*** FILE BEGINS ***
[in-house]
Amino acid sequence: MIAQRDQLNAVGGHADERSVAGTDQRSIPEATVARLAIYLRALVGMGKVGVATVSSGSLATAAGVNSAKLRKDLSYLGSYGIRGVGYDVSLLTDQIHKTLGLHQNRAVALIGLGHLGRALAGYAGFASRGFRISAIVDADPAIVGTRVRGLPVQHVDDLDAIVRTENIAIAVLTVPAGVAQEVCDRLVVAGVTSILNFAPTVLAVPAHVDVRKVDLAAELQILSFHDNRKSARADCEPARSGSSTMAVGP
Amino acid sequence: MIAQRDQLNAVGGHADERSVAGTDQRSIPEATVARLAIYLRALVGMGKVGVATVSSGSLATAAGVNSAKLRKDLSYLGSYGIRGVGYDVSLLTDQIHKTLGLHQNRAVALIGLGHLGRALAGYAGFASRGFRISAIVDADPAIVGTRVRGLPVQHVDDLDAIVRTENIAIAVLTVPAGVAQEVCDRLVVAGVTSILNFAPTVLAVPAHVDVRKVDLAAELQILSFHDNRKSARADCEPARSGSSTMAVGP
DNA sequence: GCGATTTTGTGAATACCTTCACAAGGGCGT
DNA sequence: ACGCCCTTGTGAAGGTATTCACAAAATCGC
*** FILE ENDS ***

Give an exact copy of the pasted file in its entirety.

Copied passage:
[in-house]
Amino acid sequence: MIAQRDQLNAVGGHADERSVAGTDQRSIPEATVARLAIYLRALVGMGKVGVATVSSGSLATAAGVNSAKLRKDLSYLGSYGIRGVGYDVSLLTDQIHKTLGLHQNRAVALIGLGHLGRALAGYAGFASRGFRISAIVDADPAIVGTRVRGLPVQHVDDLDAIVRTENIAIAVLTVPAGVAQEVCDRLVVAGVTSILNFAPTVLAVPAHVDVRKVDLAAELQILSFHDNRKSARADCEPARSGSSTMAVGP
Amino acid sequence: MIAQRDQLNAVGGHADERSVAGTDQRSIPEATVARLAIYLRALVGMGKVGVATVSSGSLATAAGVNSAKLRKDLSYLGSYGIRGVGYDVSLLTDQIHKTLGLHQNRAVALIGLGHLGRALAGYAGFASRGFRISAIVDADPAIVGTRVRGLPVQHVDDLDAIVRTENIAIAVLTVPAGVAQEVCDRLVVAGVTSILNFAPTVLAVPAHVDVRKVDLAAELQILSFHDNRKSARADCEPARSGSSTMAVGP
DNA sequence: GCGATTTTGTGAATACCTTCACAAGGGCGT
DNA sequence: ACGCCCTTGTGAAGGTATTCACAAAATCGC